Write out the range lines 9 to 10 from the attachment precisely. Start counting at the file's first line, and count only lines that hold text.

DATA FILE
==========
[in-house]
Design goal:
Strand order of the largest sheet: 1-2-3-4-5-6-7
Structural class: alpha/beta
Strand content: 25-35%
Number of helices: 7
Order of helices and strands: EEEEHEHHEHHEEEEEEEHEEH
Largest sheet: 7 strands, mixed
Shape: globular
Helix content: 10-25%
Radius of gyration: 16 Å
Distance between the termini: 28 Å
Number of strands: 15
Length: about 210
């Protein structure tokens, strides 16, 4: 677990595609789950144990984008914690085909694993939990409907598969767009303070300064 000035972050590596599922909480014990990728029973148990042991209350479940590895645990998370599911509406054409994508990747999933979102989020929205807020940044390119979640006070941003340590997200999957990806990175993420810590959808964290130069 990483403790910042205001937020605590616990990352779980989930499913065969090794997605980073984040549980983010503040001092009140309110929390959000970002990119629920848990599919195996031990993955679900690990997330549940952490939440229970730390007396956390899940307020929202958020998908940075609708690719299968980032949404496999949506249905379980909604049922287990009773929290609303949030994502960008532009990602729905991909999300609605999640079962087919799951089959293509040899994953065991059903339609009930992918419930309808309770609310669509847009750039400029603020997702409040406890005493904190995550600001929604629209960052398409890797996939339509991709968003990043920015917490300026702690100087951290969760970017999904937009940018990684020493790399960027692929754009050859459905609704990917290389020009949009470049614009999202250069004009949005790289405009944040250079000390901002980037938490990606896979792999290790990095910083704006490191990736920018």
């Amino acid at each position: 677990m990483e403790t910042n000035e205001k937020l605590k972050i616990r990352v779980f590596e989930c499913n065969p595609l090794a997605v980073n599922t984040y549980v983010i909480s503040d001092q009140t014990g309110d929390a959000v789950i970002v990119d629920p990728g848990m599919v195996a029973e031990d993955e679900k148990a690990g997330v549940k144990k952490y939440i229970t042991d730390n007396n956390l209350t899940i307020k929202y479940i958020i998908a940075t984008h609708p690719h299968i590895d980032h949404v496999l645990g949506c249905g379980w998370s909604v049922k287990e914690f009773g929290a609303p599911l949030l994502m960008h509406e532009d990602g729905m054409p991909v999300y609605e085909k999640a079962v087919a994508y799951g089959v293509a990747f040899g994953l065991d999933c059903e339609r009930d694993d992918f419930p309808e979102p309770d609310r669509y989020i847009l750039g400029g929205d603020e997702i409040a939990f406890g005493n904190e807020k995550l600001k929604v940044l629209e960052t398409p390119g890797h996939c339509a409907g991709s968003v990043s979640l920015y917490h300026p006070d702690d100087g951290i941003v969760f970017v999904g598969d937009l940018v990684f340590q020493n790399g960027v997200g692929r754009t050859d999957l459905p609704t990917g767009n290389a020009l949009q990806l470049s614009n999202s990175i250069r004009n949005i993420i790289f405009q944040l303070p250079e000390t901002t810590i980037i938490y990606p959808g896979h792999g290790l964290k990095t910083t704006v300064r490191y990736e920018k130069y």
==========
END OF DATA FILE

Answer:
Shape: globular
Helix content: 10-25%